Expanding the number of artists each major label works with would increase the pool of artists that “make it big.” It would increase local participation in music, increase cultural activity and spike curiosity in exploring other localities of music. It would help music do what music was created to do in the first place: be an integral part of a community’s culture.

But since corporations are run by numbers and not by compassion, it’s important to consider where the money to invest would actually come from: the locals themselves. The return on any investment in the local music community would come from patrons of music both locally and globally, but in order to tap into these markets of patrons, major music organizations will have to increase local participation in music.

Austin’s Diversity Problem

Despite its progress in building local music organizations, there remain heavy roadblocks to sustainability and innovation in Austin’s local music scene—including but not limited to diversity, an issue that is surely not unique to our city.

Although Austin has branded itself as a tolerant and progressive place to live, many of its neighborhoods, including those that house the city’s most popular music venues, are being desecrated by gentrification. Without sustaining the cultural background of Austin, the gentrification overtaking neighborhoods such as East Austin combats diversity, affordability, and the “weirdness” that Austin once had in the 80s.

The issue is one that Austin has been struggling with for decades. As reported by the Statesman in 2011 on the 2010 U.S. census compared to the 2000 census, “The number of African Americans residing in Central East Austin – once considered the epicenter of black and brown life in Central Texas – shrank by 27 percent during the past decade, while the number of whites living there increased by 40 percent, and whites surpassed blacks as the second-largest racial or ethnic group.” According to the last U.S. census in 2010, Austin’s population was 68% white. Overall, the community’s response has not been proactive enough in its commitment to inclusivity and diversity, most likely because executing on this dedication requires the construction of more supportive pillars and resources to attract diverse talent. This requires more funding and resources for organizations such as the Urban Artist Alliance (whose founder and local hip-hop artist Terrany Johnson has been battling health issues which has limited his bandwidth) and Brown State of Mind. It also requires talent buyers to make it their professional responsibility to include people of color and other marginalized populations on each and every bill that they book.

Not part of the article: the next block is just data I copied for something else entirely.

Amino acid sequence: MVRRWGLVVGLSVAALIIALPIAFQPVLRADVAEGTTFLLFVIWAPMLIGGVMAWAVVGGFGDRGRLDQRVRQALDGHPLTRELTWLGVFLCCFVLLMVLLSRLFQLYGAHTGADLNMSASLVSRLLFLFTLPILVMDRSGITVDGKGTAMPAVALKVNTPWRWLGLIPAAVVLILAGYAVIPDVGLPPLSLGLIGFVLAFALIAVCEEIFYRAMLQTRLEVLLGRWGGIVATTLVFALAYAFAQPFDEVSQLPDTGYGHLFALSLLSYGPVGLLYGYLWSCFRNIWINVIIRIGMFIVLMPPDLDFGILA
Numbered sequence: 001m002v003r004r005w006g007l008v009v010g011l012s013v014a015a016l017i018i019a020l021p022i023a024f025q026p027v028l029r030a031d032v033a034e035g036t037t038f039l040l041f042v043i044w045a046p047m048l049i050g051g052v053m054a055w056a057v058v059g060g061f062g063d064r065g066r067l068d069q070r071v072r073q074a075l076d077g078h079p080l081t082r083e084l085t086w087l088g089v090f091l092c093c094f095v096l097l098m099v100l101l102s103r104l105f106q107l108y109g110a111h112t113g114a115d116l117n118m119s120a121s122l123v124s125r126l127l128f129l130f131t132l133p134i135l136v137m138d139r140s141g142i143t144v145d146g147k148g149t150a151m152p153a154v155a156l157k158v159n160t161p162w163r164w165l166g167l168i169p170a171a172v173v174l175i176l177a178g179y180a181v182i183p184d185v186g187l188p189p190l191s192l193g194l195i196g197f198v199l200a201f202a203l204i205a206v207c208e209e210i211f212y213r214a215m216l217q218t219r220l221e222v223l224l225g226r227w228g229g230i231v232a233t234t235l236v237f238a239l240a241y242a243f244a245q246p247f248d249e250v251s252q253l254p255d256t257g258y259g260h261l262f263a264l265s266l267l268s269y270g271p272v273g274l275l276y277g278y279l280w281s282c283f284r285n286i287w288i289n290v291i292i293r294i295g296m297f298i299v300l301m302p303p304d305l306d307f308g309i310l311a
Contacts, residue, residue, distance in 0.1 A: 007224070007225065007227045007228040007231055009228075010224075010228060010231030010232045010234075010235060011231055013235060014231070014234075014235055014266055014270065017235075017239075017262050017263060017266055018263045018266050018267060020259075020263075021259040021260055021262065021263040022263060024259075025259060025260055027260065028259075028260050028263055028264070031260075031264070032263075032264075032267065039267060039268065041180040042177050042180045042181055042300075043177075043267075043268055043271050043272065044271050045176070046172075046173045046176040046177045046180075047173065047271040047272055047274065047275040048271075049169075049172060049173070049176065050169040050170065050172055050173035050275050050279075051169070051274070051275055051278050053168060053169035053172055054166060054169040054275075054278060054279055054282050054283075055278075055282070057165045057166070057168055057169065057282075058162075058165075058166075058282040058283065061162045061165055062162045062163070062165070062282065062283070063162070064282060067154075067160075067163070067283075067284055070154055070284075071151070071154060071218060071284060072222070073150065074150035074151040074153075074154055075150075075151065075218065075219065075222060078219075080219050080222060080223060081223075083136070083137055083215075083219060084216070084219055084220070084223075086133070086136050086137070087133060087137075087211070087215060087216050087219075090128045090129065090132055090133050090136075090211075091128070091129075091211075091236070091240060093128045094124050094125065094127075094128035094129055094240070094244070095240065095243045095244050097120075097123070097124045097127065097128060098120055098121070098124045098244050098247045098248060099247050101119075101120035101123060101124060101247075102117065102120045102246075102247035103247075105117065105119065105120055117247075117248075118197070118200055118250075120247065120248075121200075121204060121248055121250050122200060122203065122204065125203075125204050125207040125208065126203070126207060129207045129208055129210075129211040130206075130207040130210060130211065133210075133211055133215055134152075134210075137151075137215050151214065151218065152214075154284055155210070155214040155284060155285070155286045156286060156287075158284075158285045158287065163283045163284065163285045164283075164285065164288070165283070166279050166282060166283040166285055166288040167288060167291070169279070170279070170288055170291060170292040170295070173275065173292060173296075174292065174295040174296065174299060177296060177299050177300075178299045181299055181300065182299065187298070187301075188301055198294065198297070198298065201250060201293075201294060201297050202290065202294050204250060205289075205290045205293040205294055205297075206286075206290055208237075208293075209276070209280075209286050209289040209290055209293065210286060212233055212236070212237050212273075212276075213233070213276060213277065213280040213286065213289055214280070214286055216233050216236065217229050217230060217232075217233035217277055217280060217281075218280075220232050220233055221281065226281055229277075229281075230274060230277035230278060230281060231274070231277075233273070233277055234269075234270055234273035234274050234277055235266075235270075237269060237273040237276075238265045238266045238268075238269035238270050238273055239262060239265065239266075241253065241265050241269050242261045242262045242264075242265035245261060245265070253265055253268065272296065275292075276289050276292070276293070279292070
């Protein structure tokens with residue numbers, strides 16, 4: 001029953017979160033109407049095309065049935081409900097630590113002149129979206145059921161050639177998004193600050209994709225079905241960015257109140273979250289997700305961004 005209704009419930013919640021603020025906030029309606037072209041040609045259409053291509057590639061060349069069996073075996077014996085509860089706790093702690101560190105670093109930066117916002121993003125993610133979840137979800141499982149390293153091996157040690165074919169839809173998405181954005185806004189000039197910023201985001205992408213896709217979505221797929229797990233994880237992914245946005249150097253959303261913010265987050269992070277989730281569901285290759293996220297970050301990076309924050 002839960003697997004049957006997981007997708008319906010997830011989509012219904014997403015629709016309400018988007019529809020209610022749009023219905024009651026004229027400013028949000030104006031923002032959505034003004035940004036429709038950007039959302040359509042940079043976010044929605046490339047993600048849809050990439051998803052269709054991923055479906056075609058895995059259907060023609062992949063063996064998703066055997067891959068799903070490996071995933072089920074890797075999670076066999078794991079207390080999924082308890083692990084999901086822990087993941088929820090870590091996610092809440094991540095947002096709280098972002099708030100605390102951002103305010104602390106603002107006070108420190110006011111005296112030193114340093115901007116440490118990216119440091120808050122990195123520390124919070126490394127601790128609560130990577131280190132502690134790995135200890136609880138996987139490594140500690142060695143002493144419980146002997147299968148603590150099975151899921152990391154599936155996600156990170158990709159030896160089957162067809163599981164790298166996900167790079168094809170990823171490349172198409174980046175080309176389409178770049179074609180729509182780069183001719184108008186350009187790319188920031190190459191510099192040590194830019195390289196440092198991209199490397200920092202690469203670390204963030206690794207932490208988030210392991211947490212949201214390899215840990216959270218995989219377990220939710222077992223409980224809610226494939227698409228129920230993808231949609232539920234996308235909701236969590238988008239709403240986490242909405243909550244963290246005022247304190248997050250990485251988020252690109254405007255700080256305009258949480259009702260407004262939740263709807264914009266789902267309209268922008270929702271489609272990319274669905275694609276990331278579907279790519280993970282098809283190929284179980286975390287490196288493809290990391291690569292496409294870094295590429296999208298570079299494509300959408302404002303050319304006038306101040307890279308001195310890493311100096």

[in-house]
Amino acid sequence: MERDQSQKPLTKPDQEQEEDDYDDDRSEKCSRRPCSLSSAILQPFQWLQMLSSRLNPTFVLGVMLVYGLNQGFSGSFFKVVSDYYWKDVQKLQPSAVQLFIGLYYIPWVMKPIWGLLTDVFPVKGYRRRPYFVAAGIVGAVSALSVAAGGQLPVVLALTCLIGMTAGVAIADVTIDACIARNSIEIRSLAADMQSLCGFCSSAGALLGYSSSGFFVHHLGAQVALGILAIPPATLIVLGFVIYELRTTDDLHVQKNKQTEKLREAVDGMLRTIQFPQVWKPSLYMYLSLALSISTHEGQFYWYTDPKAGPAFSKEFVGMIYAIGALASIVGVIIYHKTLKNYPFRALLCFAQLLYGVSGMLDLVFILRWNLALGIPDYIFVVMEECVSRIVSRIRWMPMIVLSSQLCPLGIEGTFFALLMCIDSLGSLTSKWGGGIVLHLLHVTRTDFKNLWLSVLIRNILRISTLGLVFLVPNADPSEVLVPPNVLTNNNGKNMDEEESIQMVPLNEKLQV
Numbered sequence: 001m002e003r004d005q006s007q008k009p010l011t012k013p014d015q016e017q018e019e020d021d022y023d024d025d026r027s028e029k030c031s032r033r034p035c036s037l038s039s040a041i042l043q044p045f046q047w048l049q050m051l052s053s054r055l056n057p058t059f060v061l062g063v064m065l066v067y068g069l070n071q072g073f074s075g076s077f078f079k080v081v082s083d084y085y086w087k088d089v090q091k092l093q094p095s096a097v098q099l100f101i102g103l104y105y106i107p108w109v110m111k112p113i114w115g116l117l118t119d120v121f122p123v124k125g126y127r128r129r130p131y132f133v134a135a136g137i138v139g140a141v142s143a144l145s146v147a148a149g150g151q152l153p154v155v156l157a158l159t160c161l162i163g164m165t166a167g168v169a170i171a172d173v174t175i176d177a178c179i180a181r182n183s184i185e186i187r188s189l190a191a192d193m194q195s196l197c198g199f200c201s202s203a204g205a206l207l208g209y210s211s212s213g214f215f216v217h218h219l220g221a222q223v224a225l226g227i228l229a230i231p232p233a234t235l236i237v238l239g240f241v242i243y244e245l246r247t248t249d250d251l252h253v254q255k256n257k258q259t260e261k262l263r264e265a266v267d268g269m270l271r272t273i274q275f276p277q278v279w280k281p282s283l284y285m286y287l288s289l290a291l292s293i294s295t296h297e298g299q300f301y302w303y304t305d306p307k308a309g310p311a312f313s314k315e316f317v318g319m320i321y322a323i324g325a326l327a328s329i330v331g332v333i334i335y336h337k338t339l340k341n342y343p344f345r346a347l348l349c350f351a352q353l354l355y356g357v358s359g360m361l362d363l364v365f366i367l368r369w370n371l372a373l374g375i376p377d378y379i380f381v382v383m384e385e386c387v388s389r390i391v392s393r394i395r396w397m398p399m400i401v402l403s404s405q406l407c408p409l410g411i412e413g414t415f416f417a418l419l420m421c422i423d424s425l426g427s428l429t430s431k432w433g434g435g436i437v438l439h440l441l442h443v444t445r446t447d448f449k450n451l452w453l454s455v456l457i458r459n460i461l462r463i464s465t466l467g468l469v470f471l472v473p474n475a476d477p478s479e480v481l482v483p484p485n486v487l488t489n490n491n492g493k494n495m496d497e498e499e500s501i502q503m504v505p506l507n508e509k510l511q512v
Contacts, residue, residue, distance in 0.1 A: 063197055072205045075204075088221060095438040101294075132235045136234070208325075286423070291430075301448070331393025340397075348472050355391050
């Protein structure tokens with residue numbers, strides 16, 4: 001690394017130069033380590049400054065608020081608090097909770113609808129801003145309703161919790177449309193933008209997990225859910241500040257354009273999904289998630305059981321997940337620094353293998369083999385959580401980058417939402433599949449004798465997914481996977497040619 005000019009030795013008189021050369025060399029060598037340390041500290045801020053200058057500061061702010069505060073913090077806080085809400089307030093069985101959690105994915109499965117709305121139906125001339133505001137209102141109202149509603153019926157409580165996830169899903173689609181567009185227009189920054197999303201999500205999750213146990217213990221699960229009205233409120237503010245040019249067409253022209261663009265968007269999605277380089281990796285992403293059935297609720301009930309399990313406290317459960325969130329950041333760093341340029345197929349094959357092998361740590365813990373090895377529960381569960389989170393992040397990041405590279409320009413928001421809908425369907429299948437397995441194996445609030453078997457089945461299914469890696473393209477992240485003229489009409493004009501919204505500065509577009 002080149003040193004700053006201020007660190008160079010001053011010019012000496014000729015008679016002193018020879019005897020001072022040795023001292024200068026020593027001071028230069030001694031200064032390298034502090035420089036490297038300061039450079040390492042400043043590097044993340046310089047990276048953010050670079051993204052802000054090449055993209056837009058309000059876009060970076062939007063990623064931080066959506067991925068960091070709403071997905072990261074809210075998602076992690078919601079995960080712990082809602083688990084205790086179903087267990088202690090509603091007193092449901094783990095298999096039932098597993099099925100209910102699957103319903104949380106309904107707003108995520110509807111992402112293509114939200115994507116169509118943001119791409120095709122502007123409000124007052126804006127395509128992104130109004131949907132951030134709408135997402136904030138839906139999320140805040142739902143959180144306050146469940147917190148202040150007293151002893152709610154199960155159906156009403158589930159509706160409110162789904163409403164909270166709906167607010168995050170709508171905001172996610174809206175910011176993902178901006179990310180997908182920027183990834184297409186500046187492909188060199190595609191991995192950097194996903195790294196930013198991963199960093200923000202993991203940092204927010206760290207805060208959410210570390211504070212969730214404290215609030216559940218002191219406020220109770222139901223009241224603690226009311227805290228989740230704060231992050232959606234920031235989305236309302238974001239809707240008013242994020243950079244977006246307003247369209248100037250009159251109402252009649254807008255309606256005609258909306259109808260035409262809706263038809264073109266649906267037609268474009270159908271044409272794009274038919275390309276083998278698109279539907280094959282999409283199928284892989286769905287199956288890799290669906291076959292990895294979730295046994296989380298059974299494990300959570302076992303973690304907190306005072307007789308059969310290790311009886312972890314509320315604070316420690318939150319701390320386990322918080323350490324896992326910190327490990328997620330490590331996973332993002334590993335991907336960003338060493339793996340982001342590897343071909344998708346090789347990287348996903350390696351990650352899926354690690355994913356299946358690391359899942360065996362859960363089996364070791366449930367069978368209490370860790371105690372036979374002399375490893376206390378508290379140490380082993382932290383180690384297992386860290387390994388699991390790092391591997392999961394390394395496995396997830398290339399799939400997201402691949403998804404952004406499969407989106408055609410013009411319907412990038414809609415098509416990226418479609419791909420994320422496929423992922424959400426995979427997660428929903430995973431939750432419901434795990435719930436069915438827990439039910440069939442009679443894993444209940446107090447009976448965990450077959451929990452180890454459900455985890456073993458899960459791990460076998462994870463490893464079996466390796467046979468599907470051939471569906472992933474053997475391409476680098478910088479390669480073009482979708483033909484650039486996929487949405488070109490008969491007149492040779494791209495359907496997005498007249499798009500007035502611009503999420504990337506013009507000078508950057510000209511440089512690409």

With so few support organizations such as UAA and Brown State of Mind that are attempting to unify people of color and other minority groups to create a community for musicians, and with essentially little to no funding that go into these organizations, POC artists have an especially difficult time finding the resources they need to get to the next level of their careers. Diversity, sadly, is often not seen as a priority in Austin, though it should be a crucial part of A&R within local communities. Both major/national music companies as well as local music organizations and companies can get involved in fixing the issue by prioritizing it and ensuring diversity to be standard practice.

In summary, local music communities such as Austin could benefit from investments in infrastructure across the entire lifecycle and commercial needs of their talent—from early music education, to diversity-oriented initiatives, to licensing and publishing ventures, to venue-friendly sound regulations and liquor taxes, to newer music technology that can create more revenue streams for artists. Building out strong local communities to be the core of the music industry will have a great effect on the overall ecosystem, as self-sustaining music cities will be better equipped to bring forth their best artists and bands to the national stage.


Perhaps in a utopian future, Austin will be a bright shining beacon of light and poster child of music communities for other music cities to model theirs after, a truly self-sustaining music ecosystem. But if we don’t invest more in local A&R models including working to bring major music companies to Austin, supporting diversity initiatives or organizations that work to unify people of color in music, and creating more local licensing resources, the music business in Austin and in other localities will only become more homogenized. Music will continue to be seen as merely a form of entertainment that one spends his or her discretionary income on and not as a form of art and reflection of culture that receives the investment of time and money that it so deserves. It will be a spectator sport for those who do not have the resources or opportunities to participate. It will continue to be a commercial product which holds no artistic integrity. If local music does not prevail, true music fans will not even have the opportunity to discover local artists or participate in local culture through music. But as a community, we can work together to support our local artists, make sure that marginalized people are able to participate in helping shape our culture and music, and create a music ecosystem that is healthy and self-sustaining.

You can find Nathalie on Twitter @natphantastic, @soundsyncmusic and @onvinylmedia, or email her at nat@onvinylmedia.com.